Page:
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In the journey to safeguard and celebrate the rich cultural heritage of Malta, the allocation of 1 million Euros from the EEA Norway Grant fund marked a significant milestone for Heritage Malta.

Half of this grant was dedicated to the establishment of a cutting-edge Digitisation Unit, a pioneering initiative for Heritage Malta. This endeavor marked the beginning of a long-term project aimed at digitising an extensive array of items from the Malta Maritime Museum’s collections, encompassing paintings, navigational instruments, boat building tools, ship models, badges, weapons, uniforms, as well as intangible cultural heritage assets.

The newly established Digitisation Unit now boasts state-of-the-art equipment designed to capture super-accurate digital representations of tangible cultural heritage treasures entrusted to the agency. This includes the utilisation of various techniques such as ultra-high res still image capture, 3D laser scans, photogrammetry, and videography. Notably, even intangible cultural heritage is not left behind; it is meticulously digitised, primarily through the use of recording studios where memories and oral histories are preserved. Over the past four years, more than 200 hours of memories from ex-Dockyard workers have been documented. 

The utilisation of innovative tools like artificial intelligence enhances the accessibility of this digitised data, making it available to the widest possible audience. You will find a whole section of this exhibition dedicated to the ex-Dockyard workers memory project.

The significance of digitising cultural heritage is multifaceted. Firstly, it serves as a formidable means of preserving and protecting fragile and invaluable artifacts, documents, and artworks. Physical materials are vulnerable to deterioration over time due to environmental factors, wear and tear, or unforeseen disasters. In contrast, digital copies ensure the enduring legacy of these cultural treasures for future generations.

Furthermore, digitisation leads to increased accessibility and widespread dissemination of cultural heritage. It transcends geographical boundaries, allowing people from around the world to explore and study these treasures without the constraint of physical proximity. This democratisation of access fosters education and a deeper appreciation of our cultural riches. These digitised 3D assets are not merely stored away but are presented to the public through innovative digital tools such as virtual reality headsets, gamification, and holograms, making the exploration of cultural heritage engaging, enjoyable, and educational for all visitors.

Moreover, digitisation facilitates research, analysis, and curation. Scholars, historians, and curators can study and analyse digital replicas to gain deeper insights and conduct their research with greater efficiency. Lastly, digitisation has the power to enhance cultural exchange and collaboration on a global scale. Sharing digital collections across borders and institutions fosters deeper understanding and collaboration in preserving and celebrating our shared cultural heritage.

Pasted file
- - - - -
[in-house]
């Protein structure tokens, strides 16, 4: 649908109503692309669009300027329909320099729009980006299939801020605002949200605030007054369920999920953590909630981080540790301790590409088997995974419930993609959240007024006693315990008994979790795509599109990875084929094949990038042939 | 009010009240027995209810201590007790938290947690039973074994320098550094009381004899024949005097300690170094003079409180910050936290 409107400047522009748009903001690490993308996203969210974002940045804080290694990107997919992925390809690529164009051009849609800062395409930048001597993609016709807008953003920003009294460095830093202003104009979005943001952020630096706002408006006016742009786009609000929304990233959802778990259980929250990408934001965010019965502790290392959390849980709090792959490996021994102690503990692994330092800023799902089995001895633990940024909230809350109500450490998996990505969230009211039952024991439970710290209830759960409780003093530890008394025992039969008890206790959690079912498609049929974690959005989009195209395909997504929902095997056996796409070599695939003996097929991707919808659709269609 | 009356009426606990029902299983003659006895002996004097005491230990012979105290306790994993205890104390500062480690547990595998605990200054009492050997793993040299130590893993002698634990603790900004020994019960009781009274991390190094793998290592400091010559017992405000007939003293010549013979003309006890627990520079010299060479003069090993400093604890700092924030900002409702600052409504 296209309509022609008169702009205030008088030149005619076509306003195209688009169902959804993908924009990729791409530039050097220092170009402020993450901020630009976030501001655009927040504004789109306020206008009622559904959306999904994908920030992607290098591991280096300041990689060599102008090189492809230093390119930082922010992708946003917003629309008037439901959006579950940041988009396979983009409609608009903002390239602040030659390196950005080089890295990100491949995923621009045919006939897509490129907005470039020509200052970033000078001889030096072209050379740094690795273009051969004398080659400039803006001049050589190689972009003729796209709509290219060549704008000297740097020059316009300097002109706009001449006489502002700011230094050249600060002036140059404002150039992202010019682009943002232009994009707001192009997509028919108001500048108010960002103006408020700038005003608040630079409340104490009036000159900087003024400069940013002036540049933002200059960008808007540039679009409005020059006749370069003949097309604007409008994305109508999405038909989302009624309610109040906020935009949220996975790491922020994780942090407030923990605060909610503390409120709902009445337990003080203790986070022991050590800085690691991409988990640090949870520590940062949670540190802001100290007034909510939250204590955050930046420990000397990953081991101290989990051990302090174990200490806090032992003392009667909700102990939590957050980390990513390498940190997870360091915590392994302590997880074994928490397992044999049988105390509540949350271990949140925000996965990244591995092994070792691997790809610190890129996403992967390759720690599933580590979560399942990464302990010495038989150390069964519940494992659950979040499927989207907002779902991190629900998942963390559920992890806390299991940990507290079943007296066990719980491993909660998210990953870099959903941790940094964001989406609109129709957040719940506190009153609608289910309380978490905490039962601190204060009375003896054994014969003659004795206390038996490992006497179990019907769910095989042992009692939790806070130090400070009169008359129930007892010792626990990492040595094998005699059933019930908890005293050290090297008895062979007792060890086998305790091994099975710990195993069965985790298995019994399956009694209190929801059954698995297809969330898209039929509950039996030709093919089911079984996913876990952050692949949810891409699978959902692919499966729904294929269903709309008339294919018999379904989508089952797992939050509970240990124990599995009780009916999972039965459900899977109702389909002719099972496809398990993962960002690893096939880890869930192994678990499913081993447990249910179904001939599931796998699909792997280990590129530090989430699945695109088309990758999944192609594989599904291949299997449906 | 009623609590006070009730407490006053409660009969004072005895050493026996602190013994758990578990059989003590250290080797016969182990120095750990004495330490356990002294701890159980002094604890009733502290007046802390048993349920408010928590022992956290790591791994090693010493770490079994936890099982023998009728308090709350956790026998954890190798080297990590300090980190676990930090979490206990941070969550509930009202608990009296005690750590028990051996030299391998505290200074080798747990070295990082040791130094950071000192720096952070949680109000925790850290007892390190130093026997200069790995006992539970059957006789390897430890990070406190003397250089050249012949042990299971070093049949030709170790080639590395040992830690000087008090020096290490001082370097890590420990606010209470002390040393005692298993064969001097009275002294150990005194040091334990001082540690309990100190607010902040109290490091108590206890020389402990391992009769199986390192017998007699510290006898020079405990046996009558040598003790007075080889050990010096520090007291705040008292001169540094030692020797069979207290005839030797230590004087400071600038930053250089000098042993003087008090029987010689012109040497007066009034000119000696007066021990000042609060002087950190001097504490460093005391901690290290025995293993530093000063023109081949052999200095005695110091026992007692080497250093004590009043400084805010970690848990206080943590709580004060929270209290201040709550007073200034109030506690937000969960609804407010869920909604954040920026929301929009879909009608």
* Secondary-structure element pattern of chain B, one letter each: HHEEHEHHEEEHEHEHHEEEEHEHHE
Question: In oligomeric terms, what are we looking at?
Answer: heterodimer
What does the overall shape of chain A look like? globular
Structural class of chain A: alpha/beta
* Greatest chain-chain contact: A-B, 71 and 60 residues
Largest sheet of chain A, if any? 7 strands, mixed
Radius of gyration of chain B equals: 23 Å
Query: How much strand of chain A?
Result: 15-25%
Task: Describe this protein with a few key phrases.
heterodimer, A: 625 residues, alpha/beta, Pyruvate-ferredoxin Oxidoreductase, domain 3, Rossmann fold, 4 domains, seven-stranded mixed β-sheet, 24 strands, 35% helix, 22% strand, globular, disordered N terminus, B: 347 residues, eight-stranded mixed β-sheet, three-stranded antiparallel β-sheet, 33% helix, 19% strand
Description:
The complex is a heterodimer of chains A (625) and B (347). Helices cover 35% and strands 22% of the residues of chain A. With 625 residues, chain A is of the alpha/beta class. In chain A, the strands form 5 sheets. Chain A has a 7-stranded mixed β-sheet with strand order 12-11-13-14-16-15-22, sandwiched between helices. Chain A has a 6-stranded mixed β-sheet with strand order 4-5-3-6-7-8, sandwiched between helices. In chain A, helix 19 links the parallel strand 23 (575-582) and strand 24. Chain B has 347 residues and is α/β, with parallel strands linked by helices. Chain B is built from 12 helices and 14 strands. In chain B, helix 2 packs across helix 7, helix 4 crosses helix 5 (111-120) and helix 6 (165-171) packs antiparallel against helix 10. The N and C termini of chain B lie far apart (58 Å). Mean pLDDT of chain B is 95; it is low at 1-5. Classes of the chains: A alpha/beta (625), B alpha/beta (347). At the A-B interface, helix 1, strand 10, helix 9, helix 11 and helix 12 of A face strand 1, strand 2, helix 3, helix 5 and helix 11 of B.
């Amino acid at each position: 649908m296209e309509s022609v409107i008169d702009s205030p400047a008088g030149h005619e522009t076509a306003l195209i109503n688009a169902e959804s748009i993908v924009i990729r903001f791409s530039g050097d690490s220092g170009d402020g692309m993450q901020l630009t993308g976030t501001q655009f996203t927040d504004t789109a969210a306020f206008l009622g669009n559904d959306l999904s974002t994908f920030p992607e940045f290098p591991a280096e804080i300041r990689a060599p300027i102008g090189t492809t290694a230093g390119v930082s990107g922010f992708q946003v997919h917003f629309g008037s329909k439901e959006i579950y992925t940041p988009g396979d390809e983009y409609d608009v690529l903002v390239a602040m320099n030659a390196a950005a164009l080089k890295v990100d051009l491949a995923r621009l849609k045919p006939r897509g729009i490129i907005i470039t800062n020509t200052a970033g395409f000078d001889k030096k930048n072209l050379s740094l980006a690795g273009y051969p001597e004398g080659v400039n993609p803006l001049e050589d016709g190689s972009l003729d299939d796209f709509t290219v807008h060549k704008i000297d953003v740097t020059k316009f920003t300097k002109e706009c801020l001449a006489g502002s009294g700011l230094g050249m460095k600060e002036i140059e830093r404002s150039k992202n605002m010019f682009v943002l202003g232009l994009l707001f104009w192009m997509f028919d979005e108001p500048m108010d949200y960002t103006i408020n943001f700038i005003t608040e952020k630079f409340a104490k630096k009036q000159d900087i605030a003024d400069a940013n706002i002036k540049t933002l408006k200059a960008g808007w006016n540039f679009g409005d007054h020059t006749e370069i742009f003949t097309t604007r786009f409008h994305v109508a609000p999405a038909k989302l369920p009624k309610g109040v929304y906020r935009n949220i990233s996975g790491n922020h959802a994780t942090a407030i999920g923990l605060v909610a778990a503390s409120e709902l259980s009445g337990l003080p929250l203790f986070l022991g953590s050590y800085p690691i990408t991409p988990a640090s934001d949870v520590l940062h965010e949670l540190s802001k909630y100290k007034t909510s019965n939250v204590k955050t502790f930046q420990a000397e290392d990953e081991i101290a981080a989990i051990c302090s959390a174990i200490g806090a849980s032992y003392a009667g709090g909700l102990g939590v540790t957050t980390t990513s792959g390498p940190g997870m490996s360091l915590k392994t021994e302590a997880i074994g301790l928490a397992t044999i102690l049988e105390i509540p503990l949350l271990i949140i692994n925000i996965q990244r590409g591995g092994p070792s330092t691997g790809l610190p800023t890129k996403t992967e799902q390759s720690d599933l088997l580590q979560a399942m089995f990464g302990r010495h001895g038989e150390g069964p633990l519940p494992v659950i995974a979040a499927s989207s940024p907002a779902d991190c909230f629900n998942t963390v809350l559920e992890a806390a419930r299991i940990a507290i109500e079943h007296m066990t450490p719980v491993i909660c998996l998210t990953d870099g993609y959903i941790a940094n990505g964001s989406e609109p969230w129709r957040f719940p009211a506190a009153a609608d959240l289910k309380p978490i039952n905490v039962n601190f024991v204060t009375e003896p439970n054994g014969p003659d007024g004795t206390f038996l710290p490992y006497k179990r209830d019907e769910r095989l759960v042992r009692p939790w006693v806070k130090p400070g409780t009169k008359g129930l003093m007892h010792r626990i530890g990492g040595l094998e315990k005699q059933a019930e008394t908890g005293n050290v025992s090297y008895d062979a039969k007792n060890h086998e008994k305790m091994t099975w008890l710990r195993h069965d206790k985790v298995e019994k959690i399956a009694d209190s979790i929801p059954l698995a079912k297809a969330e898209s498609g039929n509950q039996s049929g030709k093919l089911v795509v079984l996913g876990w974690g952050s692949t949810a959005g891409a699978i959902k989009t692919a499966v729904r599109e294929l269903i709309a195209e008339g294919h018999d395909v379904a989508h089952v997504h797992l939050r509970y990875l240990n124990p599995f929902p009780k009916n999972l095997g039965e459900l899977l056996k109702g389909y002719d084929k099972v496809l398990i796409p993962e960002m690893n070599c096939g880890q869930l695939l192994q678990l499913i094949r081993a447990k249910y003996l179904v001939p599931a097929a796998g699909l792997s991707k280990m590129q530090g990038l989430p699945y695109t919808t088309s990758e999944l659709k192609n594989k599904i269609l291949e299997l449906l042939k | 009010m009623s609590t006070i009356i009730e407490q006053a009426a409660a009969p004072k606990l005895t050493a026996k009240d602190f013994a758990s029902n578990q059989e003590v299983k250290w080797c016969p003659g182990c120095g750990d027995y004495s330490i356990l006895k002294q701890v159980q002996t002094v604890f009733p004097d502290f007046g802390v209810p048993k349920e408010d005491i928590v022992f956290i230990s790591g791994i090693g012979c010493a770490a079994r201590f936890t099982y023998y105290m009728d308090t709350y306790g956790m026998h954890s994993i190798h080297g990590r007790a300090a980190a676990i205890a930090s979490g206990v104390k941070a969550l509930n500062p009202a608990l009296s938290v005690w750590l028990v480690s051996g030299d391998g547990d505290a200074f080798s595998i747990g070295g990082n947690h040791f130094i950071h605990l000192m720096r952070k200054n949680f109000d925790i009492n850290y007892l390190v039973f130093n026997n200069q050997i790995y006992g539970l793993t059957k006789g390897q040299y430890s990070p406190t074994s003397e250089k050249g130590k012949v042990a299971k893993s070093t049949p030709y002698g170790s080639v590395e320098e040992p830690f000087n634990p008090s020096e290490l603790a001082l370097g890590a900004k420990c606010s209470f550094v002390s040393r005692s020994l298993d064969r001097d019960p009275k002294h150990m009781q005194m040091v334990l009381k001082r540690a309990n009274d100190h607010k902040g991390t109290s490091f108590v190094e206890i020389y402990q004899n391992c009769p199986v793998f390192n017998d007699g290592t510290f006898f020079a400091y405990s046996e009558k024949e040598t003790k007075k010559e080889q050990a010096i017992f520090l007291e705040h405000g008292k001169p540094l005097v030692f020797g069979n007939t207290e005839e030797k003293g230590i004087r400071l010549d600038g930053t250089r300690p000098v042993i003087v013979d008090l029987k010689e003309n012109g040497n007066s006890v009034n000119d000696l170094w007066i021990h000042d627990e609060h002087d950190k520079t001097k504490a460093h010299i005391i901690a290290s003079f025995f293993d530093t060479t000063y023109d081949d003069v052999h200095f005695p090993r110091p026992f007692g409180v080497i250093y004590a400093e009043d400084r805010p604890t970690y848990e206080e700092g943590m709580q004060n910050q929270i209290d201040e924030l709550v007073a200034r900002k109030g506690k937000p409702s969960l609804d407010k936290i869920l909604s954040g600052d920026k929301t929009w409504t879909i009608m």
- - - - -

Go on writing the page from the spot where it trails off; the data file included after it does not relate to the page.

The digitisation of the national collection has resulted in a wealth of digital assets that are showcased in the section of the exhibition dedicated to the Dockyard collection, an integral part of the Malta Maritime Museum collection. This collection was extensively digitised as part of this project.

A pivotal outcome of this project was the development of a Collections Management System (CMS). This software solution is utilised by Heritage Malta to catalog, organise, and oversee the national collection, ensuring its comprehensive care and management. The CMS offers a structured and detailed documentation system, enabling the creation of comprehensive records for each item in the collection. It also plays a crucial role in maintaining inventory control, tracking the location, condition, and movement of collection items, thus ensuring their security and preservation. Moreover, the CMS enhances accessibility, enabling staff and researchers to efficiently search and retrieve specific items, while also supporting reporting and analysis, thereby aiding in research, decision-making, and collection development. Furthermore, the system ensures compliance with legal and ethical standards related to ownership and repatriation issues.

In an exciting development, the digitisation project has birthed the eMuseum platform, a web-based solution that makes the national collection within the CMS accessible to the general public through the internet. This initiative allows online access to all the exhibits featured in the exhibition, along with their related record information. Soon, more Heritage Malta collections will be added to this platform.

However, at the heart of the digitisation project lies not just advanced hardware and software but a team of highly trained professionals who spearhead the digitisation efforts. Their dedication and expertise are instrumental in preserving and sharing Malta’s cultural heritage with the world.

In recognition of their unwavering commitment to excellence, the Digitisation Unit achieved the prestigious ISO 9􏰇􏰇􏰁:􏰀􏰇􏰁5 certification in 􏰀􏰇􏰀􏰀. The unit is actively engaged at a European level, representing Malta within the Commission Expert Group on the common European Data Space for Cultural Heritage (CEDCHE). It is also a partner in three ongoing Horizon projects focused on the digitisation of cultural heritage. The Norway Grants were the seeds that nurtured the inception of the Digitisation Unit, and in the four years since its establishment, the unit has grown and flourished, now poised to digitise the entire national collection, ensuring that Malta’s rich cultural legacy remains vibrant and relevant in the digital age.